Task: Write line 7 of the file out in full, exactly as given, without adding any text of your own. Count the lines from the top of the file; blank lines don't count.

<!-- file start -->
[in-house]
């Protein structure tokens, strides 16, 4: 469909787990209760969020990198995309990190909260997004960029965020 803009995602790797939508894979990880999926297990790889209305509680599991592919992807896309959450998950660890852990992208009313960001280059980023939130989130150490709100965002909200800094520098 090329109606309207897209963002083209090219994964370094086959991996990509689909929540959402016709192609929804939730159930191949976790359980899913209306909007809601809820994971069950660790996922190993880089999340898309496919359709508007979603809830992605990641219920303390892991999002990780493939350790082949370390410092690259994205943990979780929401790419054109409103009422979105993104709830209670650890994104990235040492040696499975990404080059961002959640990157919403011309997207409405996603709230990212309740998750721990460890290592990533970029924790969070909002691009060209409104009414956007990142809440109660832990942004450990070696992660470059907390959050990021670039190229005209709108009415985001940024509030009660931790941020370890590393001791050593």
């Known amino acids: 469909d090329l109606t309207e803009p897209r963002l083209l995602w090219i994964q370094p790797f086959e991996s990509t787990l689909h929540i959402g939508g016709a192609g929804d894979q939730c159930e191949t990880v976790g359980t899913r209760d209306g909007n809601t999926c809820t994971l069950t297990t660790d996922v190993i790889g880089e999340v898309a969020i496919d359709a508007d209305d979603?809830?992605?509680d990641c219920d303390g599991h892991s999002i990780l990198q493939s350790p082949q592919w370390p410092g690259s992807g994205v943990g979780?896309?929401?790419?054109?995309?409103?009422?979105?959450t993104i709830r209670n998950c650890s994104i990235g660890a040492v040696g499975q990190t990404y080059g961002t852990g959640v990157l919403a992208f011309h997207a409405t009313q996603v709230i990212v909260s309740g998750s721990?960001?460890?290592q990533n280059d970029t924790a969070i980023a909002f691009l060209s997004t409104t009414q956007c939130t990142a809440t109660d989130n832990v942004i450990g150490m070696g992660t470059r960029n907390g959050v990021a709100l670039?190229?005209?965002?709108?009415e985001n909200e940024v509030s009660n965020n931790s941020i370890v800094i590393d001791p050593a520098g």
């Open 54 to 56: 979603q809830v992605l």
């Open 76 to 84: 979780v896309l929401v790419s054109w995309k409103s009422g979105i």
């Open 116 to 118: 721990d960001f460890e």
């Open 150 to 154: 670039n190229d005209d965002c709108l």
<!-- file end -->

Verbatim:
């Open 150 to 154: 670039n190229d005209d965002c709108l």